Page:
This exercise is a great icebreaker game and a fun way for students to get to know each other. Students are challenged to figure out what famous character they are and who their partner in the classroom is, using yes or no questions.
1. As a group, brainstorm a list of famous pairs, partners, and duos. You’ll need to come up with at least as many pairs as you have students (i.e., if you have twenty students in your class, you need a minimum of ten pairs). The pairs can be characters from plays, movies, books, comics, or even certain food items that always go together. Here are some ideas to get you started:
Keep an ear out for potential debates about who a character’s famous partner is. Your students might think Batman and the Joker, Peter Pan and Tinkerbell, or Princess Leia and Han Solo are better pairs than the ones listed above. If you want to, allow students to explain their thoughts and vote on which pair is more iconic together.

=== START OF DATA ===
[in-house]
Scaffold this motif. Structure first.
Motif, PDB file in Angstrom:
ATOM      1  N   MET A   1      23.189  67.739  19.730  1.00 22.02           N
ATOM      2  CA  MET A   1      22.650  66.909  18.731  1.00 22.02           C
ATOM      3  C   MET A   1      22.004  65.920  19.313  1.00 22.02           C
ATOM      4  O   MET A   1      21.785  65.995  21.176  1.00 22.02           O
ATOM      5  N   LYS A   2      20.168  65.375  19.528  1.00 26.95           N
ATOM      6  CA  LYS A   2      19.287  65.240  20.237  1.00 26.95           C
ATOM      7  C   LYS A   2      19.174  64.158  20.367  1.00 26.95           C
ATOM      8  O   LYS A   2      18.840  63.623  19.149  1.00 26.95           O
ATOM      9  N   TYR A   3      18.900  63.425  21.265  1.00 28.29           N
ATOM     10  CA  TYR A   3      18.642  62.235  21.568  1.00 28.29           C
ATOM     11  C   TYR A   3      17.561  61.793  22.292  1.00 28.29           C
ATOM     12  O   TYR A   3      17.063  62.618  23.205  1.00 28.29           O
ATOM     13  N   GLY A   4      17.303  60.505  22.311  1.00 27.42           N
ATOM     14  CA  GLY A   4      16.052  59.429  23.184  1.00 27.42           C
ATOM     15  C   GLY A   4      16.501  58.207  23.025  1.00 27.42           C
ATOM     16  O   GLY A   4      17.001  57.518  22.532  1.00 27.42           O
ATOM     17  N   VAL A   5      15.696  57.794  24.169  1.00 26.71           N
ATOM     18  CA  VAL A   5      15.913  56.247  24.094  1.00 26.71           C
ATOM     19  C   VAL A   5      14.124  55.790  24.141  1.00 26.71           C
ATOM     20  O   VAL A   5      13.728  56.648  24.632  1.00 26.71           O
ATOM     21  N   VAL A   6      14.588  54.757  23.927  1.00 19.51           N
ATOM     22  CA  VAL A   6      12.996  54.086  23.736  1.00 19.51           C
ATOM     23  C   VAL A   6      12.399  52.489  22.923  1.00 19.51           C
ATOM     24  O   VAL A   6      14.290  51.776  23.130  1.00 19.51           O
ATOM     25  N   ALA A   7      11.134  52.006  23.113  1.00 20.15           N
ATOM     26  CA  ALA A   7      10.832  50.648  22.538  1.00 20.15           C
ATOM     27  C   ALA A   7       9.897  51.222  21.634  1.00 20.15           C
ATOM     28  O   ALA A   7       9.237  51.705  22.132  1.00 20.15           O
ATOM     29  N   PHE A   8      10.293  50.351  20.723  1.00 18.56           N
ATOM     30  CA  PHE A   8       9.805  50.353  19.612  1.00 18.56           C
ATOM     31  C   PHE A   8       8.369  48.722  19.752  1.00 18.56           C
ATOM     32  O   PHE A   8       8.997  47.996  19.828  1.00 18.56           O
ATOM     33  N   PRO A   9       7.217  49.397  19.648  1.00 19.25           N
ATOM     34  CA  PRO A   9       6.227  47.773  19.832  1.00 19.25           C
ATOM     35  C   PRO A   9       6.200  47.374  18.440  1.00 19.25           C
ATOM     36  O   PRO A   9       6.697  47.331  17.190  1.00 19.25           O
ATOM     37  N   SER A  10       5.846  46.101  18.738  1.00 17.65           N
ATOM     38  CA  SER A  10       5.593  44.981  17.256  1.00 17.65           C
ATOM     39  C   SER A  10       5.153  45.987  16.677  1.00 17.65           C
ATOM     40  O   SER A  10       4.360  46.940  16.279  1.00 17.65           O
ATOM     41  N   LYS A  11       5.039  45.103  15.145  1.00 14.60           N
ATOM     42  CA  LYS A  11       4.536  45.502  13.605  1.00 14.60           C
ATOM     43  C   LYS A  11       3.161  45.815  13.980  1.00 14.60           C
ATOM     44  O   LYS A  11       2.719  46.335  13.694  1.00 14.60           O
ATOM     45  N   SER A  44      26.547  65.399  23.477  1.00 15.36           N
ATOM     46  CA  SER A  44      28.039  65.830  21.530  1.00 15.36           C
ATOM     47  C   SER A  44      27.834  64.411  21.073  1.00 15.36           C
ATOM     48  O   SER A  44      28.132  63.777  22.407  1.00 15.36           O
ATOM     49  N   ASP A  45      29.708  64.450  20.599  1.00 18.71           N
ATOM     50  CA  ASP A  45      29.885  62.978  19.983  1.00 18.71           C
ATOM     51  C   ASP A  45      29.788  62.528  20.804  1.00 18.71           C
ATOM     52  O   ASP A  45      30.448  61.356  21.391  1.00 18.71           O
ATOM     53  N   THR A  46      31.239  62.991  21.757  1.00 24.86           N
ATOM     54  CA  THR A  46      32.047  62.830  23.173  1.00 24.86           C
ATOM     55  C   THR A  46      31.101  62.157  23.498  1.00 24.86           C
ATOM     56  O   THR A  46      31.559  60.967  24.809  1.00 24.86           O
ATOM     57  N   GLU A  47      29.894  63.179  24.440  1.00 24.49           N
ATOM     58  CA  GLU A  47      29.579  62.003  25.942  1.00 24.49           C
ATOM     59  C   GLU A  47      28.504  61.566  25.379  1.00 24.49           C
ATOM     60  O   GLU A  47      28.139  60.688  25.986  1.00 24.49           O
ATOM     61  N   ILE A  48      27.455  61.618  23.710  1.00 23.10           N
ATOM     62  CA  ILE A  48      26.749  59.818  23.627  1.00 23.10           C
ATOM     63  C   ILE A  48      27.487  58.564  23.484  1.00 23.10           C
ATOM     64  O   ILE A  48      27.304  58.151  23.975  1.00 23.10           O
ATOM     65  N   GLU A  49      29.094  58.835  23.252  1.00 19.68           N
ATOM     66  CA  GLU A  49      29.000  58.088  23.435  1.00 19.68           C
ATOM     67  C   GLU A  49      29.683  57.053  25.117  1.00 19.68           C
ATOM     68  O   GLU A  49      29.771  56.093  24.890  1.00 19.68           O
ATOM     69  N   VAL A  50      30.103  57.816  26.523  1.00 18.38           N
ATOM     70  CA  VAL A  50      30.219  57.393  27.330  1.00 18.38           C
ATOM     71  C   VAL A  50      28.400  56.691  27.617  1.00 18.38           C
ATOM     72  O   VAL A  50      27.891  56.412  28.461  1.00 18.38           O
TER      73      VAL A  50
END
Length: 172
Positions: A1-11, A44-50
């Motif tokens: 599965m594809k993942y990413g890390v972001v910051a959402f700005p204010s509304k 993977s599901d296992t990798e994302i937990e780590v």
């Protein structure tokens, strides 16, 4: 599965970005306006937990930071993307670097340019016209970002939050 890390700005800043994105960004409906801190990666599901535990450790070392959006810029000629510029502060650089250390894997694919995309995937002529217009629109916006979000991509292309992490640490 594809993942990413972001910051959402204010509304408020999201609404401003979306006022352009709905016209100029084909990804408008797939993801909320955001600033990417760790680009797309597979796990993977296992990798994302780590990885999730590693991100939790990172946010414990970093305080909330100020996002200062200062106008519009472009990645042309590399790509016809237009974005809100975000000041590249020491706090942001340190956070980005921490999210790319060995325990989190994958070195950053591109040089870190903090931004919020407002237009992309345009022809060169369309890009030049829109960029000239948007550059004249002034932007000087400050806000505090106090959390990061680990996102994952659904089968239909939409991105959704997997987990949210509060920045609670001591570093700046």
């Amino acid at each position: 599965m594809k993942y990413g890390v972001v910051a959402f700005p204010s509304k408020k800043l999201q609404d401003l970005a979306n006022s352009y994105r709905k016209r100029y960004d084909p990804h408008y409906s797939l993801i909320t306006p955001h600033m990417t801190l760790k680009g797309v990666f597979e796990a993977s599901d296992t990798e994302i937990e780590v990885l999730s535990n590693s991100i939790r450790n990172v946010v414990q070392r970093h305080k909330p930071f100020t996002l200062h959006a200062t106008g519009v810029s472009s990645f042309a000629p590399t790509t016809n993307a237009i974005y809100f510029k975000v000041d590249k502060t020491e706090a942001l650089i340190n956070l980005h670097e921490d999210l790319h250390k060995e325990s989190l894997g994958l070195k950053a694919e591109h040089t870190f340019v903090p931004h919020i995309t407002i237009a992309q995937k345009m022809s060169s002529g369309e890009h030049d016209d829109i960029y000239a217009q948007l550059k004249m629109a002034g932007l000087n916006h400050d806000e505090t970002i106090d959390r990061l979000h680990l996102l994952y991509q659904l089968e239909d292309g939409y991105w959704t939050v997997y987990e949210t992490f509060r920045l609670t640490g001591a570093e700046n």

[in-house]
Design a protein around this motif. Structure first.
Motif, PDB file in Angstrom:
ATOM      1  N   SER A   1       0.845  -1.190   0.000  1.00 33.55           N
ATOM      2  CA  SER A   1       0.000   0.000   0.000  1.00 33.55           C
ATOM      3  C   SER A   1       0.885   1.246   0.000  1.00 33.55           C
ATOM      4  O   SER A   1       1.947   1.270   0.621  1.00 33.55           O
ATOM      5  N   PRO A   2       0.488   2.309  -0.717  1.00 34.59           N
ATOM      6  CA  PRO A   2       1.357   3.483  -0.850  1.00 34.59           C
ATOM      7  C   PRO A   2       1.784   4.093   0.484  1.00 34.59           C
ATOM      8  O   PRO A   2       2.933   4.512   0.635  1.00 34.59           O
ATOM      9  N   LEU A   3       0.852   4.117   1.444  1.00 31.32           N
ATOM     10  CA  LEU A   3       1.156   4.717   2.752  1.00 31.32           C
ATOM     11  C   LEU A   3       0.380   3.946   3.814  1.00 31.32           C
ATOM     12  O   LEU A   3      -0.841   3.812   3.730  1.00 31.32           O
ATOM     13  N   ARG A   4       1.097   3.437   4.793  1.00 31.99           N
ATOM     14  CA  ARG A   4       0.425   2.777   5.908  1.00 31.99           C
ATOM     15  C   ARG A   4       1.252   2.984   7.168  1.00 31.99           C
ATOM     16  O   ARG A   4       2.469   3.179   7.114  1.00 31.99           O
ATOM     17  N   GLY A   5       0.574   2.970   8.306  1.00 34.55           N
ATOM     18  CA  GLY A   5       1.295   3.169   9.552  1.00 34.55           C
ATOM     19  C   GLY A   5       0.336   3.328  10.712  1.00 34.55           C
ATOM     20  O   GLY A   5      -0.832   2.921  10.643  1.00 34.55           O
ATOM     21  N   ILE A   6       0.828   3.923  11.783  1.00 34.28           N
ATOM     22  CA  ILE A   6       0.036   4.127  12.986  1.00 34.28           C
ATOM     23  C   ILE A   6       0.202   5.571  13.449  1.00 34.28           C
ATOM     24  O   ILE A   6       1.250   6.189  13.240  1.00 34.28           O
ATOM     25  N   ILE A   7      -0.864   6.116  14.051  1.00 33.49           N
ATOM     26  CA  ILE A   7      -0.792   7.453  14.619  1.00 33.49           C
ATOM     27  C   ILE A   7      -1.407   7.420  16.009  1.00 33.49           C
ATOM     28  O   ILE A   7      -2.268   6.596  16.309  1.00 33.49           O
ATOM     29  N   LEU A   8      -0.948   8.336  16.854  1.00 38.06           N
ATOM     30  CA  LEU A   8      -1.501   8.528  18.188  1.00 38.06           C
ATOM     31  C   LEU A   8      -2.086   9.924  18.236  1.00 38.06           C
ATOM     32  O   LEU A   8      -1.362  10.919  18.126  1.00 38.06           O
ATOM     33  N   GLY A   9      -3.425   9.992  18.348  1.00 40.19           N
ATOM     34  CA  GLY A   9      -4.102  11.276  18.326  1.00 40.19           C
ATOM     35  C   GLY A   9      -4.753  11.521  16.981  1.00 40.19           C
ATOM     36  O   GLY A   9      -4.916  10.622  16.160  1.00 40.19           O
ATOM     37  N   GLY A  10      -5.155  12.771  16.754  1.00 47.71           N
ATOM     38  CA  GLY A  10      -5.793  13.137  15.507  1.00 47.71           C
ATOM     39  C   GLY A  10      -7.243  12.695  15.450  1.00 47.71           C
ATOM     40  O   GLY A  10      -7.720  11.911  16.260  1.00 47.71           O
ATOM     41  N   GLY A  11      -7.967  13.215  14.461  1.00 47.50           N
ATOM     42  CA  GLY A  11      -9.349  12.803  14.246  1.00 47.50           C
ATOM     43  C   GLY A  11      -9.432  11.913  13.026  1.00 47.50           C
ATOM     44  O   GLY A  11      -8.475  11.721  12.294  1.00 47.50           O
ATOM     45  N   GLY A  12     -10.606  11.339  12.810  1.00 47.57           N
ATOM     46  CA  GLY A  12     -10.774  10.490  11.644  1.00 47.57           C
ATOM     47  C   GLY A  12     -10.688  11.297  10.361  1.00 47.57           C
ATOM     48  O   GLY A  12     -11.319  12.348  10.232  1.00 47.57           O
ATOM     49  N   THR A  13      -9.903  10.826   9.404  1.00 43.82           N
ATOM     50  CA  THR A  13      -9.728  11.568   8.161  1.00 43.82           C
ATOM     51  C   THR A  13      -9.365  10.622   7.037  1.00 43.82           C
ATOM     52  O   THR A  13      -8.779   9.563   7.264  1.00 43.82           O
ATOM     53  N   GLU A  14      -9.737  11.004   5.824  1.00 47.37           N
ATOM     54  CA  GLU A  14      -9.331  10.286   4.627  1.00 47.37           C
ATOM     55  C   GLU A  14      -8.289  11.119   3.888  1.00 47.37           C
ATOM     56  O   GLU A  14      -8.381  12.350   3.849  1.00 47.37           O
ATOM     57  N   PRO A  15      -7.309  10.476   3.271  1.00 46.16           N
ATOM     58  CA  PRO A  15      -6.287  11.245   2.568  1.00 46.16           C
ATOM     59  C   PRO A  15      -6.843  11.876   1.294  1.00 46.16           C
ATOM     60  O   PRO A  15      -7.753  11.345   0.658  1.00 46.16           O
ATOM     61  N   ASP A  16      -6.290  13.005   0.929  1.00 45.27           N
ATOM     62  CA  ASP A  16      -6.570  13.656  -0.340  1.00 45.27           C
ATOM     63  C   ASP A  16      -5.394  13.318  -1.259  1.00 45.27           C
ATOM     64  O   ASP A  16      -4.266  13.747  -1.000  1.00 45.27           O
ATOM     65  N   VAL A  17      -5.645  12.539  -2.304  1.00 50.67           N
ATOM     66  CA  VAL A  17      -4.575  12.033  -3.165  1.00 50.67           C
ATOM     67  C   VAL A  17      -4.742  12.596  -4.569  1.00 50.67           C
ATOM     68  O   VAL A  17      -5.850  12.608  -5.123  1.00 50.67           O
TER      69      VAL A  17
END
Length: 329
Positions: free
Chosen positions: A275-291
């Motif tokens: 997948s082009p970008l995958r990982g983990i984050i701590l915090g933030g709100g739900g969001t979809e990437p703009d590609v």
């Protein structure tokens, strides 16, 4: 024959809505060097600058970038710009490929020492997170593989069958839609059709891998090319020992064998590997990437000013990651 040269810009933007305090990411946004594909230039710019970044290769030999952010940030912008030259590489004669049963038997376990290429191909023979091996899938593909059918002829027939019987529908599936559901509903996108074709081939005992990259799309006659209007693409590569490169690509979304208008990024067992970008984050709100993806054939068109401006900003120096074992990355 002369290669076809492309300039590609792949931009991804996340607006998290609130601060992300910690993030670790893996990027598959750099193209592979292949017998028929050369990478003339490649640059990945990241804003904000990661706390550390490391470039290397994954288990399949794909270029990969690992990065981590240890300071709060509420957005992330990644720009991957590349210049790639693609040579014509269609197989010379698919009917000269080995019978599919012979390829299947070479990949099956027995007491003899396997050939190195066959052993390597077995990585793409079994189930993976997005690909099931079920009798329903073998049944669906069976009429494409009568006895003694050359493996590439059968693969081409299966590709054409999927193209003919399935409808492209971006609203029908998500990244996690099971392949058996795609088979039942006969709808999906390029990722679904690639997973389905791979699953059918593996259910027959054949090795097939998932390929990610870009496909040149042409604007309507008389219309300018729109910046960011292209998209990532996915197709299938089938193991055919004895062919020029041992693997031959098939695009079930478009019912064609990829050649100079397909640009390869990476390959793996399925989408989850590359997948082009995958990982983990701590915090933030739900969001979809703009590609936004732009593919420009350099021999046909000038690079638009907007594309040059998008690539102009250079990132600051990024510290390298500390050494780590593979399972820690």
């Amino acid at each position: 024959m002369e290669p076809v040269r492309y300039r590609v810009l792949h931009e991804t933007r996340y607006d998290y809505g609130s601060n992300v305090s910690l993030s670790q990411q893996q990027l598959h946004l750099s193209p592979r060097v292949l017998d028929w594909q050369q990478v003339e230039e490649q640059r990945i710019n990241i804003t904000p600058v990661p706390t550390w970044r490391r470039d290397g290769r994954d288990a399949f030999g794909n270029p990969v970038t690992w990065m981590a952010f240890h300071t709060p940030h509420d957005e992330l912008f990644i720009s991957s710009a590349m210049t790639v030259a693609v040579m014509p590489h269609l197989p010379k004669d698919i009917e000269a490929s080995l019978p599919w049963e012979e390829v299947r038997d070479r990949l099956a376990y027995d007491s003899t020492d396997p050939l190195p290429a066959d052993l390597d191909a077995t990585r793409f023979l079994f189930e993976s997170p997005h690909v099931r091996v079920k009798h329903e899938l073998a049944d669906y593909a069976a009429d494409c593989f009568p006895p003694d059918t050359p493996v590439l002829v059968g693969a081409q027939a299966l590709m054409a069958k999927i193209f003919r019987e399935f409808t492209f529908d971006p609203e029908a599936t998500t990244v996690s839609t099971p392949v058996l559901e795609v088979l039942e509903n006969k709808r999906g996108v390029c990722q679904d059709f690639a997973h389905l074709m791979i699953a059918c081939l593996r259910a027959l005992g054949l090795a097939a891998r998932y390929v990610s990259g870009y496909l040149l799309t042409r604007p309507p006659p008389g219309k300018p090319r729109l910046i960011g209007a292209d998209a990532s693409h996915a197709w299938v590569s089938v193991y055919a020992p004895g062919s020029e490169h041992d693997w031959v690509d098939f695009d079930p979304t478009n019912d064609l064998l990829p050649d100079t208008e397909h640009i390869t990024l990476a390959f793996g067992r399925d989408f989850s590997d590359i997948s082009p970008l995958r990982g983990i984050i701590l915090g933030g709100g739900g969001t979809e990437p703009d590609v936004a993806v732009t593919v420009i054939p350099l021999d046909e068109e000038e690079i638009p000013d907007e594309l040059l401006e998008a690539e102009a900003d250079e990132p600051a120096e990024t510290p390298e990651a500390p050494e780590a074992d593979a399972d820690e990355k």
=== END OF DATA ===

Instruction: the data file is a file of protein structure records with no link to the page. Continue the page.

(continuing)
2. Write each member of the pairs on different pieces of paper, Post-it Notes, or sticker sheets. (Note: if you’re short on time, you can prepare the list of famous pairs and papers in advance — just make sure the pairs you choose are ones that students will be familiar with.)
3. Attach the papers to your students’ backs.
4. Have students walk around the room and try to figure out who or what they are, by using yes or no questions. For example, if a student’s character is Batman, they might ask questions like, “Am I a human?” “Am I a superhero?” or “Am I in a movie?”
5. Once they’ve figured out who or what they are, they need to find their partner (i.e., the student playing Batman must figure out which student is Robin) and stand next to them.
6. If your students find this exercise too easy, you can make it more challenging in a few ways: